India’s national education policy could offer collaborations with the UK
Education is a vital pillar on which the foundation of India’s aspiration of becoming a $5 trillion economy in the next decade shall be built, writes the former deputy chair of the British Council.
In July 2020, the Government of India announced a new National Education Policy (NEP) that aims to make the Indian education system more contemporary, and one that contributes directly to transforming the country, with emphasis on skills training, providing high-quality education to all, and making India a global knowledge superpower. The policy has also recognised the importance of integrating humanities in the mainstream and taking a multi-disciplinary approach.
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Education is a vital pillar on which the foundation of India’s aspiration of becoming a $5 trillion economy in the next decade shall be built. It will have to ensure that its youth are suitably qualified to contribute to the country’s economic growth. By 2030, India will have as many as 140 million youth of college-going age.
Foreign universities can operate in India
To meets its aspirations, India will need to partner with countries like the UK. The UK higher education institutions are suitably placed to play a role in India’s endeavour. UK universities policies to expand their international engagement and India embarking on the largest reform of its higher education sector in a generation, makes it a complementary partnership.
The New NEP has responded to a longstanding demand by foreign universities. They will now be able to operate in India. This move will add ease for students who would like to seek foreign education at an affordable cost. According to various global surveys, cross-border education is beneficial for the economy and brings wider level of global awareness, cultural perceptive, and competitiveness. The role of international collaboration is absolutely critical to peace, security and prosperity in our global world. Foreign collaborations enable local institutes to design their curriculum in alignment with international pedagogy and offer a diverse portfolio of subjects and specialisation to students.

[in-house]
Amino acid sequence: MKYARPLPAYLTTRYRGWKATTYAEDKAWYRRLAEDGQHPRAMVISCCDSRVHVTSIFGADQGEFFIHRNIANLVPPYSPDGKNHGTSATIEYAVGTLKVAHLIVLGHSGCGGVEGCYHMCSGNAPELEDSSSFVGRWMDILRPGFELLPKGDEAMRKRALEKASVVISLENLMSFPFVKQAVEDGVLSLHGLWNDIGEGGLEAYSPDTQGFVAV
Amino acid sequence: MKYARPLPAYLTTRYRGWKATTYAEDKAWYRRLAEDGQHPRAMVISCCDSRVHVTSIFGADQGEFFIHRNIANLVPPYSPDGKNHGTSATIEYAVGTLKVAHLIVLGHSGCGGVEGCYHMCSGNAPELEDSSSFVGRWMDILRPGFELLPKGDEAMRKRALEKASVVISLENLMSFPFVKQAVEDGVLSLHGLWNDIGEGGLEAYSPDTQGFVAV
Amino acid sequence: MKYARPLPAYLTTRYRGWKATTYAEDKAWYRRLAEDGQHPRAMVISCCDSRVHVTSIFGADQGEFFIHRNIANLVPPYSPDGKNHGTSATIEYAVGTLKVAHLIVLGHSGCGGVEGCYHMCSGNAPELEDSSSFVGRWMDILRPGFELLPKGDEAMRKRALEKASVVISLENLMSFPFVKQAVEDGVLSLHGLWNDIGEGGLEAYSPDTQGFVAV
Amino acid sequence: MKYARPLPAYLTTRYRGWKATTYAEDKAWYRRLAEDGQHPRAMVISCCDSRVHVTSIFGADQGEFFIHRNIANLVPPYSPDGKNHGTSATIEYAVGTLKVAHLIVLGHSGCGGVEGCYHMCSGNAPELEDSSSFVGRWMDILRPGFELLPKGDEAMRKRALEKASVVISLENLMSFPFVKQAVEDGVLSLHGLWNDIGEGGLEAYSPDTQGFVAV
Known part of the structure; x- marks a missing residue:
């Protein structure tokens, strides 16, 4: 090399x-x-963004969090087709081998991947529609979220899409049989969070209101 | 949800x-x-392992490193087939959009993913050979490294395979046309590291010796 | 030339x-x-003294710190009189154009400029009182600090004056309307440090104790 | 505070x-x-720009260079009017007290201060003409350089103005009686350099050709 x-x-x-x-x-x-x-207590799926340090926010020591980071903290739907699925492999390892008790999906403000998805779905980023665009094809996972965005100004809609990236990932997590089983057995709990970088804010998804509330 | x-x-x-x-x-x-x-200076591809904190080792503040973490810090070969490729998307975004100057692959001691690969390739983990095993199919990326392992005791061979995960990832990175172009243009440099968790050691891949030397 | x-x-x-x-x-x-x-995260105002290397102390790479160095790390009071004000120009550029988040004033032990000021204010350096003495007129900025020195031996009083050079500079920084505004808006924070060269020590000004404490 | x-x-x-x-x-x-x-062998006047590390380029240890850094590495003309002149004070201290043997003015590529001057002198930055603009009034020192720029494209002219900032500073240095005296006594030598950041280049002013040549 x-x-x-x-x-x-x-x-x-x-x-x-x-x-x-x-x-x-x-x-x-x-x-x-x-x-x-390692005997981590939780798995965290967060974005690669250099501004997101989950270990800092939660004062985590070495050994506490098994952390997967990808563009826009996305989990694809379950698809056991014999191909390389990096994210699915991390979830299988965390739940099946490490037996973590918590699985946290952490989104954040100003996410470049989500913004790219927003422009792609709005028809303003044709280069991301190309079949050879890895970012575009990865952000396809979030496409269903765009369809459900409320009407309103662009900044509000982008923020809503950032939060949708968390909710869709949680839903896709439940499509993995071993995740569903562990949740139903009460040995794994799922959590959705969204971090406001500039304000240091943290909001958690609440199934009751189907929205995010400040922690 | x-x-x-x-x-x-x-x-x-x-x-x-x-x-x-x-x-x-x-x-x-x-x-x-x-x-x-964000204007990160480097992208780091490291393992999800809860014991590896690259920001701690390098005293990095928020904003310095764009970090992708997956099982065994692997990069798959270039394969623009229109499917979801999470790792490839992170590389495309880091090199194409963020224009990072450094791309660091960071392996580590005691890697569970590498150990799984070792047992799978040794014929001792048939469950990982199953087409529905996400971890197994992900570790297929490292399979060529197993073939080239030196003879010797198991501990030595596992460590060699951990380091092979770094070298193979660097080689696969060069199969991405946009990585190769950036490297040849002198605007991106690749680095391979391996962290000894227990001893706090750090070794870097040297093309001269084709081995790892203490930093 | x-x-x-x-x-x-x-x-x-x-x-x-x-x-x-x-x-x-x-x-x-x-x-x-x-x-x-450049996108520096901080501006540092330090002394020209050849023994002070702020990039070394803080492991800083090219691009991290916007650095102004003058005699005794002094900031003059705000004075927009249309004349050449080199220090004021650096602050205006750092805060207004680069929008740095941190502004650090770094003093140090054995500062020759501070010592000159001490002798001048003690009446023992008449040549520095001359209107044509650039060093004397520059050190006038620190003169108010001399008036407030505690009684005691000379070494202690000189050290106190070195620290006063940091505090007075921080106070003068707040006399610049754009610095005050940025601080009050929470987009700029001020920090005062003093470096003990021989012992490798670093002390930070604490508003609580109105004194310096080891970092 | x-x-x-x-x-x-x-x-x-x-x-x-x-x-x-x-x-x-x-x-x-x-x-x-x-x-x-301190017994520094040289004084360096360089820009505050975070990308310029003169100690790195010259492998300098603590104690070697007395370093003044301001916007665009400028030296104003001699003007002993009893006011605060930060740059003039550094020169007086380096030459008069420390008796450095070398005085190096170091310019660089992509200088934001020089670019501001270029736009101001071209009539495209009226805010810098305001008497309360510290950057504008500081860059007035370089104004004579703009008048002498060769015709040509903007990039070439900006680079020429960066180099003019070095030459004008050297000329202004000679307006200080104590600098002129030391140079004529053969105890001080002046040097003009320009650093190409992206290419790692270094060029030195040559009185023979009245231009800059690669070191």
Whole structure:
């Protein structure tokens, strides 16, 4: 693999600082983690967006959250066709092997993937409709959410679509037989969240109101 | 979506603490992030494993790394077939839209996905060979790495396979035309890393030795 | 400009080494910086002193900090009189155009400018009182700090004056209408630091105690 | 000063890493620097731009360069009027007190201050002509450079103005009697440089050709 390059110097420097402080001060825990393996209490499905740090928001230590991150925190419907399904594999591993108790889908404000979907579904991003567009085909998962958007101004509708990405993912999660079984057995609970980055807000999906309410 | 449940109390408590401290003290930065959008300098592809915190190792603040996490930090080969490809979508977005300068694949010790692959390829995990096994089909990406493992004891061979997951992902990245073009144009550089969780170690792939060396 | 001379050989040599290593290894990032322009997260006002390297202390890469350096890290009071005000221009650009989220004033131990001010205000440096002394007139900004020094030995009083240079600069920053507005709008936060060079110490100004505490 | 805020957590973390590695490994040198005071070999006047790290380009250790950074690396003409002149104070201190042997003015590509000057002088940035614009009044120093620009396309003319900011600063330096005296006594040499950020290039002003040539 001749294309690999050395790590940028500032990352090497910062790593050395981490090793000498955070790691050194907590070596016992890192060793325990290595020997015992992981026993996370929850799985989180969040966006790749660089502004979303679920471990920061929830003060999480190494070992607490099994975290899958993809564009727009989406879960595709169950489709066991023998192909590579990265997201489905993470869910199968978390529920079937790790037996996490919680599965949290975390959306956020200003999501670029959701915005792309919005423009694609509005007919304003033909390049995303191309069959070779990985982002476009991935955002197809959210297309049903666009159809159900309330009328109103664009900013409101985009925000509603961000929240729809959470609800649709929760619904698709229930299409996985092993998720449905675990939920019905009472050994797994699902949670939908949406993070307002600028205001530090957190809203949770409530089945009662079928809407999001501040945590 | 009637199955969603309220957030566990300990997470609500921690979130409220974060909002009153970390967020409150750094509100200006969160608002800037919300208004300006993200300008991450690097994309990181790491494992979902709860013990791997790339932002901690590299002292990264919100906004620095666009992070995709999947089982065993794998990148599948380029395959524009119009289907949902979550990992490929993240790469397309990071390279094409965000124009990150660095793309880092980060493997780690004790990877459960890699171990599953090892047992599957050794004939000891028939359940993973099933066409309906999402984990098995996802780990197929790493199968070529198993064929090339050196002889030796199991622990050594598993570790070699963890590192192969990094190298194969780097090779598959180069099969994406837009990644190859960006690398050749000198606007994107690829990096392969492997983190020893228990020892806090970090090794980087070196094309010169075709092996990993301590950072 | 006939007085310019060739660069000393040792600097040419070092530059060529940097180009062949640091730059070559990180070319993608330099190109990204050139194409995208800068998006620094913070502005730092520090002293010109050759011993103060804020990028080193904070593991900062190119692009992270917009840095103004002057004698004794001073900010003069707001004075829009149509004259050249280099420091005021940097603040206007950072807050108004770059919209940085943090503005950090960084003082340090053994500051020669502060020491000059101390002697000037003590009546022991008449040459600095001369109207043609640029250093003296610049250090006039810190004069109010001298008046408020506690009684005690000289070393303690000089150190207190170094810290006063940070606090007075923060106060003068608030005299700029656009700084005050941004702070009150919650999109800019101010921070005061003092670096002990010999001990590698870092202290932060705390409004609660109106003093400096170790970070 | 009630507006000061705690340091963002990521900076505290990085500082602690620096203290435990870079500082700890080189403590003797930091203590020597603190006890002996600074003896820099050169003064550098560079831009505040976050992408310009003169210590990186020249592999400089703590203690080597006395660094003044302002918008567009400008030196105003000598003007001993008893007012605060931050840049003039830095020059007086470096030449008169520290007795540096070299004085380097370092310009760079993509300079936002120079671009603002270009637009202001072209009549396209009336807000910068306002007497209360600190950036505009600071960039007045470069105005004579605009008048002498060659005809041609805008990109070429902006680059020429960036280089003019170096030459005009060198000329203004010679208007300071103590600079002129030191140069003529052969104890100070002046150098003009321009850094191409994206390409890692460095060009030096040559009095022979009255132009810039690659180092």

The move will allow 100 top global universities to operate in India and provide quality education and raise standards of India varsities as well. With more than 10 UK universities in the top 100 there is a huge potential for these universities to have deeper collaborations in India. Some of these universities are already involved in Research & Development, Faculty Development as well as Executive Education Programmes.
Turning to Edtech
The British Council through programmes like Internationalising Higher Education (IHE) and UK-India Education and Research Initiative (UKIERI) has been actively facilitating collaborations between the two countries. The IHE facilitates policy dialogues and partnerships, promotes scholarships, student mobility and alumni engagement. UKIERI aims to enhance educational links between India and the UK by supporting partnerships across all thematic areas.
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While announcing the new NEP, Union Information and Broadcasting Minister Prakash Javedkar said, “It is a new education policy for the 21st century.” The new policy’s focus on providing students flexibility and furthering digital education is timely and much needed reform. There are new growth opportunities which await the EdTech sector.
With special emphasis being placed on online and digital education in the policy, there is scope for several EdTech companies in the UK to venture into the Indian market. London alone has 580 EdTech Start-ups and there is a larger number across the UK. These companies have proven products and services that the learning process far more interactive, accurate, and engaging.
21st century poses some real challenges for us. How we educate current and future generations is critical. We live in a complex social and political world, where predictability horizons are shortening all the time. Patterns of learning with the advent of new technologies are changing. The policy aims to build an education system which equip individuals with skills and qualities which will enable them to respond to ever increasing demands. With growing emphasis on skills training, important as they are, humanities can be relegated or downplayed.
The policy also encourages the growing demand for humanities and art, as India moves towards becoming the third largest economy in the world. Recognising the importance of Humanities, the new policy has integrated humanities with STEM enabling students to choose whichever education path they wish.
Humanities will help to create a new generation of individuals trained to think creatively about complex issues, foster creative and independent thought, liberate people to pursue their passions, enable them to do their best and expand their capacities in all fields, produce individuals who will approach the world with a more balanced perspective who will create jobs and programmes with a sense of social responsibility.
The new education policy has a laudable vision, but its effectiveness will depend on its implementation and the partnerships that India will forge with international universities and technology providers. It will also depend on integration with other policy initiatives of the Government like Atmanirbhar Bharat, Start-up India, etc. The education policy is an enlightened step in the right direction.
Baroness Usha Prashar CBE, is the Chair, FICCI UK Council and former deputy chair of British Council.